One of the questions people often ask me when talking about backpacking with kids is about what we eat. I promise, none of us go hungry when out on the trail. In fact, I decided years ago that if I wanted my family to love backpacking as much as I do, I was going to have to make sure to keep their bellies full with food they like to eat. When you carry everything you plan to eat on your back, weight is a top priority. But I don’t like to sacrifice taste while on a trek and the idea of eating ramen or packaged mac and cheese for days on end is hard to take. Packaged dehydrated food is available in many outdoor stores, and I use some of these products to supplement our meals, but they are expensive and my picky side doesn’t like not knowing what the food looks like before I purchase it. Dehydrating your own food to take backpacking is the answer. Not only can you prepare meals like the ones you enjoy at home and have them weigh only a fraction of their pre-dehydrated weight, it is easy to package them in an organized way that makes meal planning simple. It is just so easy to prepare a variety of foods with this method I am always on the lookout for delicious and filling dehydrated meals to take backpacking.
The first time I read about dehydrating food to take backpacking was in a terrific camping recipe book called The Leave-No-Crumbs Camping Cookbook: 150 Delightful, Delicious, and Darn-Near Foolproof Recipes that I received as a gift several years ago. Since we were just starting to backpack I was panicked during meal planning, trying to figure out what the heck I was supposed to feed all of these people. Reading this book changed how I thought about “camping food” and the rest is history. I’ve since discovered new favorite cook books to help inspire backpacking meals including Recipes for Adventure: Healthy, Hearty and Homemade Backpacking Recipes, Lipsmackin’ Backpackin’ and Trail Food: Drying and Cooking Food for Backpacking and Paddling, all of which are excellent resources and I know my family is thankful! The opportunities for meals made up of food dehydrated at home are endless. In fact, almost anything can be dehydrated and made in to a tasty breakfast, lunch or dinner.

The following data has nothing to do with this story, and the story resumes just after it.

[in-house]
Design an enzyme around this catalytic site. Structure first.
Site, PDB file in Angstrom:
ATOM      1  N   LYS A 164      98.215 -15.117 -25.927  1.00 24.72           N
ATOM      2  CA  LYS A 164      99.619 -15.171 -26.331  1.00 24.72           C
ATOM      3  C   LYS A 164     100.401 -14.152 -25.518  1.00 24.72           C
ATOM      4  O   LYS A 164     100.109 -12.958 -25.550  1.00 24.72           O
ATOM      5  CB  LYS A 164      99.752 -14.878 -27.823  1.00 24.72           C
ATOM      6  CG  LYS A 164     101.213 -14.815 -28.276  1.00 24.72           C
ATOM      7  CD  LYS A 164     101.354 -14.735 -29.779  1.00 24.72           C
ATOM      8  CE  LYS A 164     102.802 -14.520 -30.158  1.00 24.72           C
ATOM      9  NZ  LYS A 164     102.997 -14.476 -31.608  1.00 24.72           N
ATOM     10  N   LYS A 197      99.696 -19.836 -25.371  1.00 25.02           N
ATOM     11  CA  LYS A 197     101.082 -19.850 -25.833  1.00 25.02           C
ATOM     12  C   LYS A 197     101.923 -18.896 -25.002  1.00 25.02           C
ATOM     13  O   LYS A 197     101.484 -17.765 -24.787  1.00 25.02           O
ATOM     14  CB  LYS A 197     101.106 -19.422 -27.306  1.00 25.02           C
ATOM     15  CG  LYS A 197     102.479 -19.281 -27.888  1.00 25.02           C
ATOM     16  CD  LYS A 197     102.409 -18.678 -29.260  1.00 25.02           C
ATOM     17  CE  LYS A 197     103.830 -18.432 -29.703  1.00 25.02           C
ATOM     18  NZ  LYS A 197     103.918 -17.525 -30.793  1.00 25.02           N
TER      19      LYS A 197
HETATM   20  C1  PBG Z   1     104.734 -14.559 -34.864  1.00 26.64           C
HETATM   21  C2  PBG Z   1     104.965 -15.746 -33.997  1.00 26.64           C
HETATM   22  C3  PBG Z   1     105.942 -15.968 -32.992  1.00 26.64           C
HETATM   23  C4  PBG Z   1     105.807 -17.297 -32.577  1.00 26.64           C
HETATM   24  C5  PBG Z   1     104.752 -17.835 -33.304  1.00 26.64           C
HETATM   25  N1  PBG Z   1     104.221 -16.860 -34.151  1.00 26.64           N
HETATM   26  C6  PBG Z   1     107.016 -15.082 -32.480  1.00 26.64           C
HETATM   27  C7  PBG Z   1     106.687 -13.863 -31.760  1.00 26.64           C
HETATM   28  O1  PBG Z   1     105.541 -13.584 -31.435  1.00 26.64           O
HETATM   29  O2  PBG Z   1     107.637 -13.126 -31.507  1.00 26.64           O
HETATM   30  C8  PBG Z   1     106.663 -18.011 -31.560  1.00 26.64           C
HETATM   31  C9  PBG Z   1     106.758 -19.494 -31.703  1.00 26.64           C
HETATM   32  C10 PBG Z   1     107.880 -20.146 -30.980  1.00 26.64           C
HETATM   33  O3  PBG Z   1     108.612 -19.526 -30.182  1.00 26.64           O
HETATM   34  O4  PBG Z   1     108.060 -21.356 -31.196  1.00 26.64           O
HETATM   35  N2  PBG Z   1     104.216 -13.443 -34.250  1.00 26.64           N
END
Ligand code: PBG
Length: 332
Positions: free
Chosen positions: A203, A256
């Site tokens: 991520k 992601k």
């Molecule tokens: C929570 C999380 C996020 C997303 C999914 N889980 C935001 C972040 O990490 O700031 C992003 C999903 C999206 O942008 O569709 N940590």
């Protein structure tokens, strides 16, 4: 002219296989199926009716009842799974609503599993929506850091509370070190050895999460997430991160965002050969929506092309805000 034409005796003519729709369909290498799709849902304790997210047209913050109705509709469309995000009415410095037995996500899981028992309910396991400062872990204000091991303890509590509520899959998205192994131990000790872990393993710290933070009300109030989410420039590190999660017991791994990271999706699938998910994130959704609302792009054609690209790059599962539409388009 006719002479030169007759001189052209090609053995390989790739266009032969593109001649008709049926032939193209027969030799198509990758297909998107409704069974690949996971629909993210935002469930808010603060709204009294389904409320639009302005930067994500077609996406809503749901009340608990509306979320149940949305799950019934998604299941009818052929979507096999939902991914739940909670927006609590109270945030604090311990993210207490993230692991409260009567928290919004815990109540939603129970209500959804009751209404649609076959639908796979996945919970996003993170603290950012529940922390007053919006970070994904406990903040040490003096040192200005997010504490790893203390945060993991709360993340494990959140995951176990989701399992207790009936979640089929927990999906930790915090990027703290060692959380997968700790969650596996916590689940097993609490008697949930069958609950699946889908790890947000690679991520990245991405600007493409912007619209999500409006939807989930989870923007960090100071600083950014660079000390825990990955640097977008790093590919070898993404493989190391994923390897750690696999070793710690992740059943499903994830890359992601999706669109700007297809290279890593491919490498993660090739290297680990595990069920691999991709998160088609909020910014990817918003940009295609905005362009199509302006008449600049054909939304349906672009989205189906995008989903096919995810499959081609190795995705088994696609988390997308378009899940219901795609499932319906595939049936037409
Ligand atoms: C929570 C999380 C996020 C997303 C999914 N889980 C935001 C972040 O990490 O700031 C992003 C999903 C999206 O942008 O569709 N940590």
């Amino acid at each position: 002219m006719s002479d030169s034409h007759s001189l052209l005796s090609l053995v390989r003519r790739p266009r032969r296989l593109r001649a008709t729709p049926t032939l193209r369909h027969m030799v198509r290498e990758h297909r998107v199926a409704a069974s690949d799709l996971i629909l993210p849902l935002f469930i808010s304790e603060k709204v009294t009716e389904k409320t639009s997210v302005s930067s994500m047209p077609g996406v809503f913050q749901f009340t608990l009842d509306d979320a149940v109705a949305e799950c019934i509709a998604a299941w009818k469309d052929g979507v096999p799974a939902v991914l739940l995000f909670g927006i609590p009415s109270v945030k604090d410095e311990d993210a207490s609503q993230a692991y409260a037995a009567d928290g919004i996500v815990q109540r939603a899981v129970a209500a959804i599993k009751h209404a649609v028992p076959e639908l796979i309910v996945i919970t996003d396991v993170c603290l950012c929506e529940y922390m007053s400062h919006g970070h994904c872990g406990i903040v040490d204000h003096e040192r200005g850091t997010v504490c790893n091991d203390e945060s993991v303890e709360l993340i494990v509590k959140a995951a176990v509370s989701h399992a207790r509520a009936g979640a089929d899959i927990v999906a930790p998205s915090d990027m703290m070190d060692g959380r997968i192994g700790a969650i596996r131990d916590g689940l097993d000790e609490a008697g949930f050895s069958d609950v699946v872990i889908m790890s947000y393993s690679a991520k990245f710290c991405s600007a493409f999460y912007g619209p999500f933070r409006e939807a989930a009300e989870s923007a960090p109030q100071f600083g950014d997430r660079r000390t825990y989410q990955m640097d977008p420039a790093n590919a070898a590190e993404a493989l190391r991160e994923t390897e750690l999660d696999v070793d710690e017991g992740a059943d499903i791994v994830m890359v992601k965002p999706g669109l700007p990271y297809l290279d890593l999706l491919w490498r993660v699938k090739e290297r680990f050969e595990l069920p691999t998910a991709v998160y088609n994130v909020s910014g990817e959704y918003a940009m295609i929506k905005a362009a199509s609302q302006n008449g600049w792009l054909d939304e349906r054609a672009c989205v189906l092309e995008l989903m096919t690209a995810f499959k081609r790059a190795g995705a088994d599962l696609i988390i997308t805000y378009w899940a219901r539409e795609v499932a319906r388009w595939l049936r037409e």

To start dehydrating food, you need to purchase a dehydrator. While there are many fancy (and expensive) machines out there that I am sure are wonderful, we use a basic Nesco 600-Watt Food Dehydrator that didn’t break the bank and fits all our needs. To add capacity to our machine, I also purchased a couple of sets of Nesco Dehydrator Add a Tray (set of 2) which added four levels to our dehydrator without sacrificing efficiency. The only other equipment you will need are a few Nesco Fruit Roll Sheets for use with liquid foods like sauces, soups or stews and several Nesco Clean-A-Screen Trays to use when dehydrating items small enough to fall through the holes in the main trays, like diced tomatoes, corn or diced peppers. That’s all you need to make any backpacking meal you can come up with! Like I said, dehydrating food is easy.
Dehydrating Food to Take Backpacking: Basic Dehydrator How-To:
–The time it takes to fully dehydrate food depends on many factors- humidity, temperature and consistency of the item you are drying. It’s not rocket science! Turn your machine on and leave it alone. Then check it every so often and stop it when you see it is dry. Many times I have checked things drying and found they have been clearly ready for some time and still everything came out fine. Some items like tomato sauce have taken over a day to dry and I’ve had mushrooms dry in just a few hours. It is practically fool proof.